After coaching change, Falcons’ offense to ‘shake this thing up’

Atlanta Falcons quarterback Matt Ryan (2) is sacked by Carolina Panthers defensive end Marquis Haynes (98) in the second quarter on Sunday, Oct. 11, 2020 at Mercedes-Benz Stadium in Atlanta, Georgia. (Jason Getz/Atlanta Journal-Constitution/TNS)

Credit: TNS

Credit: TNS

Over the past two weeks, the Falcons have been unable to put up more than 16 points by the end of the fourth quarter. On offense, the Falcons haven’t produced 20 points in the past three games since cornerback Blidi Wreh-Wilson ran back an interception for a touchdown in Week 3′s 30-26 loss to the Chicago Bears.

One major issue for the Falcons has been their tendency to stall and settle for field goals. Quarterback Matt Ryan said that has to change if the Falcons are going to change this early-season slide that resulted in a 0-5 start and former coach Dan Quinn’s dismissal.

“We haven’t scored the way we need to score the last two weeks,” Ryan said. "That’s what we’ve got to fix. I think we had eight possessions last week. We scored on four of them, but you have to turn those into touchdowns. You have to quit coming away with three points when we’re down there low and quit turning the football down in the red zone.

“If we clean those things up, we’re going to be just fine, but we really just need to make a play or two when we get our chances whether it be first down, second down or third down in those red areas. When we get our chances to attack, we’ve got to nail it.”

Thus far, the Falcons rank 26th in the NFL at converting red-zone trips into touchdowns. They have been able to accomplish this feat only 52.9 percent of the time. But it’s not like the Falcons' playmakers haven’t produced. Despite going without a catch in Week 4 against the Green Bay Packers, receiver Calvin Ridley still ranks fifth in the NFL with 485 receiving yards, having gone over 100 in each of the four other games.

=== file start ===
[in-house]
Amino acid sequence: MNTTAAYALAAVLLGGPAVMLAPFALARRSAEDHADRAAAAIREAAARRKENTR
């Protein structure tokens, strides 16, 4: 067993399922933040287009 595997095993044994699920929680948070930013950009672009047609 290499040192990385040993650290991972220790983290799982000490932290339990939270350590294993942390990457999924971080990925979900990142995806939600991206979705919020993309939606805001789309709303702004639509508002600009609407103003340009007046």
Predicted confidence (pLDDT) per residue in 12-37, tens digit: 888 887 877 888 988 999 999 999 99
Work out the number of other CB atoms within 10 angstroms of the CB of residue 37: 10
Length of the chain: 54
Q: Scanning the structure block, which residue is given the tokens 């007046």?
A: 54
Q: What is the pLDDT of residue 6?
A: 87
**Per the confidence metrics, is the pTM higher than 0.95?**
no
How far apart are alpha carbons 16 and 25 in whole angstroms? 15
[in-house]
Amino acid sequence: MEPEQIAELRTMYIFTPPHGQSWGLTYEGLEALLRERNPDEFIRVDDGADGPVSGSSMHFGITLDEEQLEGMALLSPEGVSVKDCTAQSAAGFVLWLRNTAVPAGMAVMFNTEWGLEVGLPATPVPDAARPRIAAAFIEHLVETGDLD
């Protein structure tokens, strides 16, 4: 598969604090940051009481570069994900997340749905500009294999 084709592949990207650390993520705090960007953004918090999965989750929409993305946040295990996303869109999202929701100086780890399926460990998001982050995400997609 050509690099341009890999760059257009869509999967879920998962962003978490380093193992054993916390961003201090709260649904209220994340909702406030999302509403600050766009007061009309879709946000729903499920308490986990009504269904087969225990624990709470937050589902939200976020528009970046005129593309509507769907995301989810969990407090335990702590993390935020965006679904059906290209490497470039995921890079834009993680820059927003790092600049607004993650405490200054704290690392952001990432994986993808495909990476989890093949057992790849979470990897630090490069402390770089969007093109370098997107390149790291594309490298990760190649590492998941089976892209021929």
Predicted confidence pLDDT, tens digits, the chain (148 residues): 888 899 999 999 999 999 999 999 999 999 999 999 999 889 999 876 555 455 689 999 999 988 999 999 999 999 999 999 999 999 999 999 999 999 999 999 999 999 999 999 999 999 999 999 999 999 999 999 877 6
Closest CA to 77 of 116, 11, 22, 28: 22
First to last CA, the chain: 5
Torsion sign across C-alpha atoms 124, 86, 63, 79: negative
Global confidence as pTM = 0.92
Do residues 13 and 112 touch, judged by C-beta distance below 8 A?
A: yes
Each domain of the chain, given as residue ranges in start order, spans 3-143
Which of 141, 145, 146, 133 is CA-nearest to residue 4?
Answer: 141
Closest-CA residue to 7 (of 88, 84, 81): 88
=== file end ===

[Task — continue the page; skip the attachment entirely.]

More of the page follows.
Running back Todd Gurley gave the Falcons their first 100-yard rushing performance since 2018 when he ran for 121 yards and a touchdown against the Carolina Panthers last week. Gurley has scored at least one touchdown in four of the Falcons' five games.

One player who the Falcons hope will become more involved is tight end Hayden Hurst, who does have two touchdowns and seven first-down receptions this season. However, he has caught only 15 of his 28 targets for 170 yards, which could indicate he and Ryan are still working on furthering on-field chemistry with one another.

At the center of the offense’s woes has been offensive coordinator Dirk Koetter, who said he and his unit share part of the blame for the events that have occurred in the first five games.

“Everybody here is hurting for (Quinn) because we all had a part in that,” Koetter said. “We all had a sense of responsibility. It’s been a difficult week but none of our opponents care about that. That’s the business side of the NFL. You still have to be prepared and be ready on Sunday to play our best.”

After Raheem Morris moved from defensive coordinator to interim coach, he said he spoke with Koetter the direction of the offense. The Falcons rank 11th in total offense (391.4 yards per game), eighth in passing (276.8) and 17th in rushing (114.6). If the run game’s numbers continue, this will mark significant improvement from last season’s 30th-place showing at 85.1 rushing yards per game.

Most important, the Falcons sit 21st in the league in scoring at 24.4 points per game. Morris said he spoke with Koetter about ways to tweak the offense so it can perform to its potential during Sunday’s game against the Minnesota Vikings.

“We want to do some different things that are going to change it up, shake this thing up,” Morris said. “Let’s get our players on the field and get them to do what they do best. My conversations with Dirk are in-line. I have a lot of confidence in Dirk. I know exactly who he is. I’ve worked with him for eight games. I played against him for a bunch more than that going way back to Jacksonville. So, my respect for Dirk and who he can be and what he’s going to be in these upcoming weeks is really high.”

Given that Morris fired special-teams coordinator Ben Kotwica, he was asked why he decided to keep Koetter on for the rest of the season. Despite the offense’s inconsistency at times, Morris said he still has great confidence in his offensive coordinator.

“You’re talking about one of the top, premier coaches in the National Football League over the last however many years that he’s been doing it,” Morris said. “He’s been a coordinator for a long time at a high level. A guy that I respect a lot, learned a lot from over the past year and a half, and I look forward to working with him these 11 games and trying to be our very best self.”

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